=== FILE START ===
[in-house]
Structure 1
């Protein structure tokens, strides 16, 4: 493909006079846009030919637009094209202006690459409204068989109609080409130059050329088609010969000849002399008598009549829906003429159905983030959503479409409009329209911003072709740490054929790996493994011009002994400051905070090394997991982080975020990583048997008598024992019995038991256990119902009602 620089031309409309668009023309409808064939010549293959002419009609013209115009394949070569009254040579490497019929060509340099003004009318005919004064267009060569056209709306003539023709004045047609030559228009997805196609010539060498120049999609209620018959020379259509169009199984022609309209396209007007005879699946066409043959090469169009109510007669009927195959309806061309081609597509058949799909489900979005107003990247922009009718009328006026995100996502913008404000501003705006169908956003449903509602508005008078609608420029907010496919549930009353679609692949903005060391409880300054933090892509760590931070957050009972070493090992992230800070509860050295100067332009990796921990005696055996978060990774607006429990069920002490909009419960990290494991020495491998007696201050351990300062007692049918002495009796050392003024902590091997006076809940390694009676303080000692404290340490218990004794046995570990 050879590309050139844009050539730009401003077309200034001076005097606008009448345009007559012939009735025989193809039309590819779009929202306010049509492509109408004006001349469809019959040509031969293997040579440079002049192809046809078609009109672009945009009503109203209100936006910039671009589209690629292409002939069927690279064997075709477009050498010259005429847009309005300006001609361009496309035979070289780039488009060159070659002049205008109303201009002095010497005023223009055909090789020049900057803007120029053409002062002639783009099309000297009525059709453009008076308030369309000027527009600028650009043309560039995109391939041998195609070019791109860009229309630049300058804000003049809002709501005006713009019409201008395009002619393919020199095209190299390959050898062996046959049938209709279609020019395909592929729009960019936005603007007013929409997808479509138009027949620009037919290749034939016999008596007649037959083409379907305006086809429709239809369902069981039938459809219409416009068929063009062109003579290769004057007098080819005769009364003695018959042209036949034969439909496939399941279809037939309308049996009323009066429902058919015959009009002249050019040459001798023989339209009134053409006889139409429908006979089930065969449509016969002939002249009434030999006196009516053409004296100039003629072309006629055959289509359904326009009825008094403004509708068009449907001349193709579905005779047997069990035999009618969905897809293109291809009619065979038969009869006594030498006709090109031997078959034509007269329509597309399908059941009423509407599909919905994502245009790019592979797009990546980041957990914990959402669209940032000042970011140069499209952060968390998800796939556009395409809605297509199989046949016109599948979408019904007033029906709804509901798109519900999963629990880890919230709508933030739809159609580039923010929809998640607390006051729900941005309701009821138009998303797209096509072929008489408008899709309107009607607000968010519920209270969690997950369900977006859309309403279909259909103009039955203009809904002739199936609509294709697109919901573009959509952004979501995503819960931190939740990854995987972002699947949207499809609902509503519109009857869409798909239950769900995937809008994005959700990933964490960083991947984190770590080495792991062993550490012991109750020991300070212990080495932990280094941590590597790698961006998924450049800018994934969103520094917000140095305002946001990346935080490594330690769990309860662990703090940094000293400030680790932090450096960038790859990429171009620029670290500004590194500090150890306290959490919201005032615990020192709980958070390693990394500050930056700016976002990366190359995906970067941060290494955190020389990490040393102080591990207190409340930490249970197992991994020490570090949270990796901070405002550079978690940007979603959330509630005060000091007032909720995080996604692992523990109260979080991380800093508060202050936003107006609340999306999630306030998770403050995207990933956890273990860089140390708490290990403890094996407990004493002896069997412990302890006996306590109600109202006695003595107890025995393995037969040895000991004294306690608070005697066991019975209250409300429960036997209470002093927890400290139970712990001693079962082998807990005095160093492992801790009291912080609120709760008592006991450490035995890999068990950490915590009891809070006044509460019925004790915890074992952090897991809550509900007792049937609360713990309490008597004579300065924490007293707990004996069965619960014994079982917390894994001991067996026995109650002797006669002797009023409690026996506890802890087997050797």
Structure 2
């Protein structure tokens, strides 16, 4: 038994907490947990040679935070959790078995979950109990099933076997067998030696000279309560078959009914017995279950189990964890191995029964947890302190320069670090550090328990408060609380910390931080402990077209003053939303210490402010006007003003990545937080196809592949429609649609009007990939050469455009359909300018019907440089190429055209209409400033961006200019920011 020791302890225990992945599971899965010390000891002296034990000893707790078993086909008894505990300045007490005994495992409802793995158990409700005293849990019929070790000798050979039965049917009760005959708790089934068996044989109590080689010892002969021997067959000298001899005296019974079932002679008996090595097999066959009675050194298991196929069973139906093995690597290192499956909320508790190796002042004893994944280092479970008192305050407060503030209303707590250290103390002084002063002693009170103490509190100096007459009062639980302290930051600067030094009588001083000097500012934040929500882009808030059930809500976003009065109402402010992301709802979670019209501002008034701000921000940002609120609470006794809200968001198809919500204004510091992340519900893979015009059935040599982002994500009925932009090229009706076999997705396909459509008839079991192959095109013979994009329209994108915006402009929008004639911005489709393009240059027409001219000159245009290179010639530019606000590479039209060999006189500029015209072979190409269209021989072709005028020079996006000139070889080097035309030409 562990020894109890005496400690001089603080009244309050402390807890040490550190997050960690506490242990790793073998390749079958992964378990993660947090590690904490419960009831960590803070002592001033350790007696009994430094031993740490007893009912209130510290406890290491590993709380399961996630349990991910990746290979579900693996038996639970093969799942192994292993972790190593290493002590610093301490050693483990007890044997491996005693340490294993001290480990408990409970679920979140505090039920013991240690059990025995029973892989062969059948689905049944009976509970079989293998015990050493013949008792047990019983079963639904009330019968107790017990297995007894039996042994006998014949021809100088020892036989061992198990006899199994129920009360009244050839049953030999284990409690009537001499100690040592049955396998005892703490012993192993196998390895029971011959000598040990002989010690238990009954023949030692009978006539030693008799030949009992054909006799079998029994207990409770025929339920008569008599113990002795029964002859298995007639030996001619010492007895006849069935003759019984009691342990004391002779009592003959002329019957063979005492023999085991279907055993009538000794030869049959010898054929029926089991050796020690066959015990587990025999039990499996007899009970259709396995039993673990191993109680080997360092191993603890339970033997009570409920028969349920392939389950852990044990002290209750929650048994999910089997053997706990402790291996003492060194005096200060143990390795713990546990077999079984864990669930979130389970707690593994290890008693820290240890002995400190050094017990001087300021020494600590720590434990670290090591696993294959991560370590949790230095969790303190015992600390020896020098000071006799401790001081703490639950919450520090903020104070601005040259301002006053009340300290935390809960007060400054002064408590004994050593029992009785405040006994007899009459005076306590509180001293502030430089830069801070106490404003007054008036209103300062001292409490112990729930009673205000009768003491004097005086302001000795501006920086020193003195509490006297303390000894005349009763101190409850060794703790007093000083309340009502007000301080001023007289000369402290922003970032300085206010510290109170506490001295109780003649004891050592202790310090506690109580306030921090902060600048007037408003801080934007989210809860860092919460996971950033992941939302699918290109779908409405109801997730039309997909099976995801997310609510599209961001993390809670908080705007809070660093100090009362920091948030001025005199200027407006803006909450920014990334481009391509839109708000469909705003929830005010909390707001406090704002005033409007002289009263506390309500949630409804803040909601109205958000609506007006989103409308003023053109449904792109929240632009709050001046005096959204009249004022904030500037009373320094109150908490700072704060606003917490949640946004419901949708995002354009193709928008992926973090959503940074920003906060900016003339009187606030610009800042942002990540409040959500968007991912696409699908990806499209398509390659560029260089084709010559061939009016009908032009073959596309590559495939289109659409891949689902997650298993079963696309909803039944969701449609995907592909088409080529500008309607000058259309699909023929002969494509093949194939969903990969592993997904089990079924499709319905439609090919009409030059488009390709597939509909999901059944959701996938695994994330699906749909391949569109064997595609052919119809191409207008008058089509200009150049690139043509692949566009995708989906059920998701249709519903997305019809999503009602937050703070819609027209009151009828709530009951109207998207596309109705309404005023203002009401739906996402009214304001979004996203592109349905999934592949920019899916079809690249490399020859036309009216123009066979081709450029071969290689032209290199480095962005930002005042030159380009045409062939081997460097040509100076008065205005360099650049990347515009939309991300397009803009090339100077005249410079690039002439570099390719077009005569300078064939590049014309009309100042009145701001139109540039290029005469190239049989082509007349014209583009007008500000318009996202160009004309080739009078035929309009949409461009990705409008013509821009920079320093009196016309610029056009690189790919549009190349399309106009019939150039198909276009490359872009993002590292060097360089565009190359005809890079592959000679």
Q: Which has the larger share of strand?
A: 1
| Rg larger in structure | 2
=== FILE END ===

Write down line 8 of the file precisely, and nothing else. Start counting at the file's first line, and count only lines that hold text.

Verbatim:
| Rg larger in structure | 2